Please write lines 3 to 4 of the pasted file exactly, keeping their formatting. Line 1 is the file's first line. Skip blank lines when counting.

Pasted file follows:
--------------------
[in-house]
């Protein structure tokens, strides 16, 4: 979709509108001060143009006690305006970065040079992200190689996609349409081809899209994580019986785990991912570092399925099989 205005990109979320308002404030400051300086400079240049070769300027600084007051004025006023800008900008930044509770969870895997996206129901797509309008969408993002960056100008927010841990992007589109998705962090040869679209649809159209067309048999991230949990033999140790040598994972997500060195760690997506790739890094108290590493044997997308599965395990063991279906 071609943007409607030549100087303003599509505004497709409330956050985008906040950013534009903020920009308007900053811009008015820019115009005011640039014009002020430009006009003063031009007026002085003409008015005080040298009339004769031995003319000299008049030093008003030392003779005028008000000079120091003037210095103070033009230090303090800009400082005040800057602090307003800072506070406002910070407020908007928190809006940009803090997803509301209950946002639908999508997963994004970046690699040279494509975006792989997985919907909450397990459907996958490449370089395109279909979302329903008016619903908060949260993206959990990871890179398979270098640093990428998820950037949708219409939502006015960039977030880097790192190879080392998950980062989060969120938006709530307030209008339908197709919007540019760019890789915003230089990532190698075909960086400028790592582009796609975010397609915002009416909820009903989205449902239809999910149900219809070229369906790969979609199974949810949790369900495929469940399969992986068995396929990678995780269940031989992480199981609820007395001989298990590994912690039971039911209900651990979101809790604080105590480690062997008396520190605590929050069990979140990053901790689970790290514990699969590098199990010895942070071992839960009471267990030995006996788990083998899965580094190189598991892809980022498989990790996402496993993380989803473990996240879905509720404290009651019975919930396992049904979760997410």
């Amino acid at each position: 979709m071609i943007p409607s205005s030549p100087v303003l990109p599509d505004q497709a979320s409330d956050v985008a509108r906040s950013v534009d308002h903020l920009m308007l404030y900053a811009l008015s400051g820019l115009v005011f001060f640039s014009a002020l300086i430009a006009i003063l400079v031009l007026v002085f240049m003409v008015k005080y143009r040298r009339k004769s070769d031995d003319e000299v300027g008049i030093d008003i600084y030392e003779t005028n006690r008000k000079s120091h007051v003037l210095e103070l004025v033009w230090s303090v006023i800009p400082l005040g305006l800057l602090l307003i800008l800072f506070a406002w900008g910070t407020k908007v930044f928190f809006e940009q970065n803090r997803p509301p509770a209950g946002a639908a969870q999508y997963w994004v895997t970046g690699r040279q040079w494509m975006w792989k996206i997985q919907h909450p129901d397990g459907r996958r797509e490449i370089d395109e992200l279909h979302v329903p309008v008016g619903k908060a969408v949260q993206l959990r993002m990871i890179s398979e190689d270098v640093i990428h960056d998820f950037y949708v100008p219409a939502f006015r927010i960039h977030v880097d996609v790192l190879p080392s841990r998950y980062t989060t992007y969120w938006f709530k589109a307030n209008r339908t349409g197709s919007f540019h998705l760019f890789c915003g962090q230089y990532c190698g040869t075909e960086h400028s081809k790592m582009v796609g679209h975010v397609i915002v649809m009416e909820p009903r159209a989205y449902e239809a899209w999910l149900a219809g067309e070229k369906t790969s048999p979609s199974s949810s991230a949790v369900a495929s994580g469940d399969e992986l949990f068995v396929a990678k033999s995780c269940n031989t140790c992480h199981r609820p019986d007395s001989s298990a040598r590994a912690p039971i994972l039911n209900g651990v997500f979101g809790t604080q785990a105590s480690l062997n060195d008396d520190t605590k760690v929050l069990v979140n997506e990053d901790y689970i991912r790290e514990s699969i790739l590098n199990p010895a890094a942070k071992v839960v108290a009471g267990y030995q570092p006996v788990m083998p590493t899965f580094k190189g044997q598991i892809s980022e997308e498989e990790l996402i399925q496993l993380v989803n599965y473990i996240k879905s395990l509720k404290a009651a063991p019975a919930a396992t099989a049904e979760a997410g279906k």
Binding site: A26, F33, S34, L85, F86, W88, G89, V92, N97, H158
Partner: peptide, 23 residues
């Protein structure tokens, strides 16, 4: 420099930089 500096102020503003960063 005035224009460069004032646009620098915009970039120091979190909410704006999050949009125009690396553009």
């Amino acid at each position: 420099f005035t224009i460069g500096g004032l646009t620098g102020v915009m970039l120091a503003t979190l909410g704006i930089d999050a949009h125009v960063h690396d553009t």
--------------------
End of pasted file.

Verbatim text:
């Amino acid at each position: 979709m071609i943007p409607s205005s030549p100087v303003l990109p599509d505004q497709a979320s409330d956050v985008a509108r906040s950013v534009d308002h903020l920009m308007l404030y900053a811009l008015s400051g820019l115009v005011f001060f640039s014009a002020l300086i430009a006009i003063l400079v031009l007026v002085f240049m003409v008015k005080y143009r040298r009339k004769s070769d031995d003319e000299v300027g008049i030093d008003i600084y030392e003779t005028n006690r008000k000079s120091h007051v003037l210095e103070l004025v033009w230090s303090v006023i800009p400082l005040g305006l800057l602090l307003i800008l800072f506070a406002w900008g910070t407020k908007v930044f928190f809006e940009q970065n803090r997803p509301p509770a209950g946002a639908a969870q999508y997963w994004v895997t970046g690699r040279q040079w494509m975006w792989k996206i997985q919907h909450p129901d397990g459907r996958r797509e490449i370089d395109e992200l279909h979302v329903p309008v008016g619903k908060a969408v949260q993206l959990r993002m990871i890179s398979e190689d270098v640093i990428h960056d998820f950037y949708v100008p219409a939502f006015r927010i960039h977030v880097d996609v790192l190879p080392s841990r998950y980062t989060t992007y969120w938006f709530k589109a307030n209008r339908t349409g197709s919007f540019h998705l760019f890789c915003g962090q230089y990532c190698g040869t075909e960086h400028s081809k790592m582009v796609g679209h975010v397609i915002v649809m009416e909820p009903r159209a989205y449902e239809a899209w999910l149900a219809g067309e070229k369906t790969s048999p979609s199974s949810s991230a949790v369900a495929s994580g469940d399969e992986l949990f068995v396929a990678k033999s995780c269940n031989t140790c992480h199981r609820p019986d007395s001989s298990a040598r590994a912690p039971i994972l039911n209900g651990v997500f979101g809790t604080q785990a105590s480690l062997n060195d008396d520190t605590k760690v929050l069990v979140n997506e990053d901790y689970i991912r790290e514990s699969i790739l590098n199990p010895a890094a942070k071992v839960v108290a009471g267990y030995q570092p006996v788990m083998p590493t899965f580094k190189g044997q598991i892809s980022e997308e498989e990790l996402i399925q496993l993380v989803n599965y473990i996240k879905s395990l509720k404290a009651a063991p019975a919930a396992t099989a049904e979760a997410g279906k």
Binding site: A26, F33, S34, L85, F86, W88, G89, V92, N97, H158